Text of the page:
When we started the pyramid tour it began with the oldest pyramid, the Step Pyramid. It is the first structure, surviving, that man created. 4500 years old, give or take. 2500 years BEFORE Christ. Amazing.

 

We were treated to the inside of several tombs of some minor officials. These walls were filled from floor to ceiling with intricate low relief hieroglyphics. I was astonished at how many there were. Some even still had the paint on them from 4.5 millennia ago.

 

Assem spoke out loud what I was already thinking; if this is what they did for the minor folks, just think what they did for the pharos.

 

Then we were on to the Great Pyramids of Giza including a camel ride there, and the Sphinx.

 

Our guide has a degree in Egyptology and a passion for what we were looking at, in some places it bordered on reverence. We loved it!

 

Knowing we were Christians, he would enthusiastically connect what we were looking at to stories from the Bible for us including Josephs brothers throwing him in the well and selling him into slavery in Egypt as well as the Flight to Egypt by Joseph, Mary and Jesus.

 

By far our favorite place though was when we traveled down (North) to lower Egypt (closer to the Mediterranean) to the land of Goshen.

 

For reasons that are somewhat unclear a couple of things transpired:

 

First of all we were met at our hotel with an armed guard who would ride with us all day. Then when we got to the beginning of the state where Goshen was we were met by 2 vehicles with 4 more armed guards each that escorted us front and back all the way to 2 different archeological sites, several hours of driving.

 

Assem was laughing at the overkill and said nothing EVER happened here, it’s just the state doesn’t get many tourists here and the police are bored. But Assem did have to file our travel plans several days in advance, hmmmm.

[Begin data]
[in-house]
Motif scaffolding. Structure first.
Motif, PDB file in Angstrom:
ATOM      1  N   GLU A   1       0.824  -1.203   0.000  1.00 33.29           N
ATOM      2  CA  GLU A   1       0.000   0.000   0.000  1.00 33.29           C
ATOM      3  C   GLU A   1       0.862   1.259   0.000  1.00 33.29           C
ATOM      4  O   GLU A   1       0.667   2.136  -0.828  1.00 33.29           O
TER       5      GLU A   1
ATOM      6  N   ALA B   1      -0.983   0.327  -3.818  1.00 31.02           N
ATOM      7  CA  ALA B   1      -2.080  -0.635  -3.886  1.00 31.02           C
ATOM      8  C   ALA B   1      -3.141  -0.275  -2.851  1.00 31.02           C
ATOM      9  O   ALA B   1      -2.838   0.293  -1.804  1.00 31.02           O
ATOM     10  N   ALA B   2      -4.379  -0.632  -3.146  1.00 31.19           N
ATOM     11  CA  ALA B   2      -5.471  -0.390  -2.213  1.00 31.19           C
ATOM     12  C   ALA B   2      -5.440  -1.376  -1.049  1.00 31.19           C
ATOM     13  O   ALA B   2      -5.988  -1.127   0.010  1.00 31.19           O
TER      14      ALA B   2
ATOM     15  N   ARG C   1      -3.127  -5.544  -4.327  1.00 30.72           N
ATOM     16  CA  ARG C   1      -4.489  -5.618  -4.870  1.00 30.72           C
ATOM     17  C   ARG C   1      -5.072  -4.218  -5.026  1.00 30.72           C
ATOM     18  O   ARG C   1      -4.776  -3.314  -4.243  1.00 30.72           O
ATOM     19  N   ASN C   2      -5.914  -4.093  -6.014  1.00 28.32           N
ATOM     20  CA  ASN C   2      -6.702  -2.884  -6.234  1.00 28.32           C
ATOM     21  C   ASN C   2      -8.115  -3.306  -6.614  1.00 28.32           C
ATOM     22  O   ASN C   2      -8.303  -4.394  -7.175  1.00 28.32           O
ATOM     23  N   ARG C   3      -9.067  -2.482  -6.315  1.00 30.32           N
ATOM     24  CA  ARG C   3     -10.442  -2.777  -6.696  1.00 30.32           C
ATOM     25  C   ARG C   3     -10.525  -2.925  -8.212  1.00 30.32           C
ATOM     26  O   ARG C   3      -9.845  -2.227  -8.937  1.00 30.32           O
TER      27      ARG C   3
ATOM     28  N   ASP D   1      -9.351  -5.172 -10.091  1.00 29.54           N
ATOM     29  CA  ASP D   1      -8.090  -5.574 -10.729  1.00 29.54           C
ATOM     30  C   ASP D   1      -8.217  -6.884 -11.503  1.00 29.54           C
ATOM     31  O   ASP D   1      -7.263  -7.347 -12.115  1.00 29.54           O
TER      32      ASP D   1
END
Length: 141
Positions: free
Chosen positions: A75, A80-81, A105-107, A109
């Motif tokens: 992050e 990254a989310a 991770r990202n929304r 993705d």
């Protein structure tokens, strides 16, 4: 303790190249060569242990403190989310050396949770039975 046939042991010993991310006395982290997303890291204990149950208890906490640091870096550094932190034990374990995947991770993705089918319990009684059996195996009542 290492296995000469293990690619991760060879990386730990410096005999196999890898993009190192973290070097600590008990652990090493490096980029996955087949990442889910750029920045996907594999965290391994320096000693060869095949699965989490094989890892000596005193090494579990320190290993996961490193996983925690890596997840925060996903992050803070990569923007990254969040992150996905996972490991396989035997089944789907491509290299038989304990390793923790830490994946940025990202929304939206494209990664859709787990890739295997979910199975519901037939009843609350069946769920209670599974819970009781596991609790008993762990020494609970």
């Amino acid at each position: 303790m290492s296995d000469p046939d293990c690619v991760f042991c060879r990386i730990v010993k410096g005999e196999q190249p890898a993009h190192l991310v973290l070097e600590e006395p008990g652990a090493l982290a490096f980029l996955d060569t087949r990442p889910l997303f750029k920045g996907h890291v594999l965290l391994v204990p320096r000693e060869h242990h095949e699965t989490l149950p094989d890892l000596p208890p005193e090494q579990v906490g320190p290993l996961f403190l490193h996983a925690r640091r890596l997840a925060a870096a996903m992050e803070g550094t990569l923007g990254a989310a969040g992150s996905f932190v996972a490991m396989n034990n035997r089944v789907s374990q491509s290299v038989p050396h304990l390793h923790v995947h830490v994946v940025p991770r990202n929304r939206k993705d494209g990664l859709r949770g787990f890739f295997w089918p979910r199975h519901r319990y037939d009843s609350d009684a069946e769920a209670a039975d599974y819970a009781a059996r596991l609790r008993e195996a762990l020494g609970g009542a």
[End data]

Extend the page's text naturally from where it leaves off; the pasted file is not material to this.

The highlight of the day came when Cynthia was able to read from the book of Exodus the story of Pharaoh telling Moses to GO! We were absolutely the only people besides the guards that were there at the brink of where the story of wondering and reconciliation began.  Assem said this was the spot, they know for sure this is where the Israelites lived and where they left from.

 

He and I listened with rapt attention enjoying the idea that we were on the very spot. Did I mention that Assem was a Muslim?

 

It was very powerful.

 

He asked many questions and even bought a book when we were at the Coptic church that was full of illustrated stories from the Old AND New Testament.

 

I was stuck by the way we saw how God worked both in a population and a person.

 

I was worried that this was going to get long and it has.

 

Just know that God is at work as powerfully now as he was 3500 years ago. Be watchful.

 

More from the Israel portion later.

 

Got the stupid pictures to load (finally!)

 

View from our Hotel

7500 Egyptians worshiping Jesus

 

Fooling around on Camels

 

Safest people in Goshen

 

Brian McCall

 

 



Posted on May 10th, 2017 in Brian's Blog
 

I Love a Bargain

 

Our hotel is in the shadow of the Great Pyramids and once again we have been overwhelmed by the new experiences.

 

But first a couple of disclaimers: There are quite a few new people on this list thanks to a funding campaign a good friend of mine sponsored on one of my Facebook groups. As I consider many of my new readers I am struck by their diversity. There are agnostics and atheists, Buddhists, Hindus and Jews, some Muslims and even a few Presbyterians. All joining with us in bringing clean water to Kenya.

 

So I apologize in advance to my non-Christian friends if this is too Christian and I apologize to my Christian friends if it is not Christian enough.